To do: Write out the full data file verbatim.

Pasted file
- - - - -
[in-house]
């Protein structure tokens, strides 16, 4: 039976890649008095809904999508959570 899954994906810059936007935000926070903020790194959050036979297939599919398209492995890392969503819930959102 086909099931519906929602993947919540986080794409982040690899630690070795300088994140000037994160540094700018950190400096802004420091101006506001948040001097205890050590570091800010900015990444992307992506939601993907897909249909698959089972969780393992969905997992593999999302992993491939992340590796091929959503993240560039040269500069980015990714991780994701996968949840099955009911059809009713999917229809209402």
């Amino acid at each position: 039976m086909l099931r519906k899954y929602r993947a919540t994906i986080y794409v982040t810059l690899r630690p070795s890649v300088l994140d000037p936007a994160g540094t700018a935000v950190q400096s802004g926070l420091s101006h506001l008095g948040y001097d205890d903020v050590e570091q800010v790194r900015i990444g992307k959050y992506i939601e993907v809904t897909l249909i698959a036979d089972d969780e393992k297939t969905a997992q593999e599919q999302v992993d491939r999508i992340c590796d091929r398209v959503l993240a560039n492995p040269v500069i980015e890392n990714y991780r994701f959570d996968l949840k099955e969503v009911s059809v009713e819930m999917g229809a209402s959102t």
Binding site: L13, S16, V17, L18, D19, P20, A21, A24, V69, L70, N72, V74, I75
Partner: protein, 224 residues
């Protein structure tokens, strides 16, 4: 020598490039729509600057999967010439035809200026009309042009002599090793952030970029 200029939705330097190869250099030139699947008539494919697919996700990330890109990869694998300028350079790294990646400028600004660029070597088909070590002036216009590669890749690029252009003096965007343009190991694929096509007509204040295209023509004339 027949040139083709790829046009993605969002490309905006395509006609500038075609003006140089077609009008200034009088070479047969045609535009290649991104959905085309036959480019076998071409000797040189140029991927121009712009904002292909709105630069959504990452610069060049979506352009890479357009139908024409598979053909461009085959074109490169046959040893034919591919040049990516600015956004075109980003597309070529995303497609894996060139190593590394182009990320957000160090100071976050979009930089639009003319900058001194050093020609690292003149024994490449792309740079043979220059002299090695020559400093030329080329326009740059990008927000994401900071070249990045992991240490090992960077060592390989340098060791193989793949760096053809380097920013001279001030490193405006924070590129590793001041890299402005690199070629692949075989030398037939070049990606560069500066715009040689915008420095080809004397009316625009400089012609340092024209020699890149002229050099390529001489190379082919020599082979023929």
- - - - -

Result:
[in-house]
């Protein structure tokens, strides 16, 4: 039976890649008095809904999508959570 899954994906810059936007935000926070903020790194959050036979297939599919398209492995890392969503819930959102 086909099931519906929602993947919540986080794409982040690899630690070795300088994140000037994160540094700018950190400096802004420091101006506001948040001097205890050590570091800010900015990444992307992506939601993907897909249909698959089972969780393992969905997992593999999302992993491939992340590796091929959503993240560039040269500069980015990714991780994701996968949840099955009911059809009713999917229809209402």
């Amino acid at each position: 039976m086909l099931r519906k899954y929602r993947a919540t994906i986080y794409v982040t810059l690899r630690p070795s890649v300088l994140d000037p936007a994160g540094t700018a935000v950190q400096s802004g926070l420091s101006h506001l008095g948040y001097d205890d903020v050590e570091q800010v790194r900015i990444g992307k959050y992506i939601e993907v809904t897909l249909i698959a036979d089972d969780e393992k297939t969905a997992q593999e599919q999302v992993d491939r999508i992340c590796d091929r398209v959503l993240a560039n492995p040269v500069i980015e890392n990714y991780r994701f959570d996968l949840k099955e969503v009911s059809v009713e819930m999917g229809a209402s959102t």
Binding site: L13, S16, V17, L18, D19, P20, A21, A24, V69, L70, N72, V74, I75
Partner: protein, 224 residues
């Protein structure tokens, strides 16, 4: 020598490039729509600057999967010439035809200026009309042009002599090793952030970029 200029939705330097190869250099030139699947008539494919697919996700990330890109990869694998300028350079790294990646400028600004660029070597088909070590002036216009590669890749690029252009003096965007343009190991694929096509007509204040295209023509004339 027949040139083709790829046009993605969002490309905006395509006609500038075609003006140089077609009008200034009088070479047969045609535009290649991104959905085309036959480019076998071409000797040189140029991927121009712009904002292909709105630069959504990452610069060049979506352009890479357009139908024409598979053909461009085959074109490169046959040893034919591919040049990516600015956004075109980003597309070529995303497609894996060139190593590394182009990320957000160090100071976050979009930089639009003319900058001194050093020609690292003149024994490449792309740079043979220059002299090695020559400093030329080329326009740059990008927000994401900071070249990045992991240490090992960077060592390989340098060791193989793949760096053809380097920013001279001030490193405006924070590129590793001041890299402005690199070629692949075989030398037939070049990606560069500066715009040689915008420095080809004397009316625009400089012609340092024209020699890149002229050099390529001489190379082919020599082979023929």